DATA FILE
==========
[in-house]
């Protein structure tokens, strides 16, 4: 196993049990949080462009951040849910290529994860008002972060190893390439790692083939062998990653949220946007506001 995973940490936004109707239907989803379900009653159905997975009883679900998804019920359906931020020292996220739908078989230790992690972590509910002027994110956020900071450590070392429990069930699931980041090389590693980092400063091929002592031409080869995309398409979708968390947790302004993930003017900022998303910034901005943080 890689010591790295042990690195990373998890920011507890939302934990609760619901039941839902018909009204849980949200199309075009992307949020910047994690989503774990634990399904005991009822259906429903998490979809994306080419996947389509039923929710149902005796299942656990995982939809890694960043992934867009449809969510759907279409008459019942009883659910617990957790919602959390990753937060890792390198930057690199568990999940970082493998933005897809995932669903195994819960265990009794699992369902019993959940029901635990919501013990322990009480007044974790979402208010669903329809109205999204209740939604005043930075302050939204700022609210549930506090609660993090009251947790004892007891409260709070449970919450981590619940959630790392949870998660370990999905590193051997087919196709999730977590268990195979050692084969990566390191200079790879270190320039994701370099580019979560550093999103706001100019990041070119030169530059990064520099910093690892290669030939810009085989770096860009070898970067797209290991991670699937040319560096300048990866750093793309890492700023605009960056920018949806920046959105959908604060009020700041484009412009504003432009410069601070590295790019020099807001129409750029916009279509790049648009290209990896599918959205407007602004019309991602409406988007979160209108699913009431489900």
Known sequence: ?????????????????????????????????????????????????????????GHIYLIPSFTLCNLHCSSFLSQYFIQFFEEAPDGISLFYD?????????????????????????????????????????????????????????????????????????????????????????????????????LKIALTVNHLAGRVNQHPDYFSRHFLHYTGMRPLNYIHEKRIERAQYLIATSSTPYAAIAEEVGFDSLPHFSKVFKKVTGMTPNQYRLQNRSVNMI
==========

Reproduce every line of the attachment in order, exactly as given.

[in-house]
């Protein structure tokens, strides 16, 4: 196993049990949080462009951040849910290529994860008002972060190893390439790692083939062998990653949220946007506001 995973940490936004109707239907989803379900009653159905997975009883679900998804019920359906931020020292996220739908078989230790992690972590509910002027994110956020900071450590070392429990069930699931980041090389590693980092400063091929002592031409080869995309398409979708968390947790302004993930003017900022998303910034901005943080 890689010591790295042990690195990373998890920011507890939302934990609760619901039941839902018909009204849980949200199309075009992307949020910047994690989503774990634990399904005991009822259906429903998490979809994306080419996947389509039923929710149902005796299942656990995982939809890694960043992934867009449809969510759907279409008459019942009883659910617990957790919602959390990753937060890792390198930057690199568990999940970082493998933005897809995932669903195994819960265990009794699992369902019993959940029901635990919501013990322990009480007044974790979402208010669903329809109205999204209740939604005043930075302050939204700022609210549930506090609660993090009251947790004892007891409260709070449970919450981590619940959630790392949870998660370990999905590193051997087919196709999730977590268990195979050692084969990566390191200079790879270190320039994701370099580019979560550093999103706001100019990041070119030169530059990064520099910093690892290669030939810009085989770096860009070898970067797209290991991670699937040319560096300048990866750093793309890492700023605009960056920018949806920046959105959908604060009020700041484009412009504003432009410069601070590295790019020099807001129409750029916009279509790049648009290209990896599918959205407007602004019309991602409406988007979160209108699913009431489900």
Known sequence: ?????????????????????????????????????????????????????????GHIYLIPSFTLCNLHCSSFLSQYFIQFFEEAPDGISLFYD?????????????????????????????????????????????????????????????????????????????????????????????????????LKIALTVNHLAGRVNQHPDYFSRHFLHYTGMRPLNYIHEKRIERAQYLIATSSTPYAAIAEEVGFDSLPHFSKVFKKVTGMTPNQYRLQNRSVNMI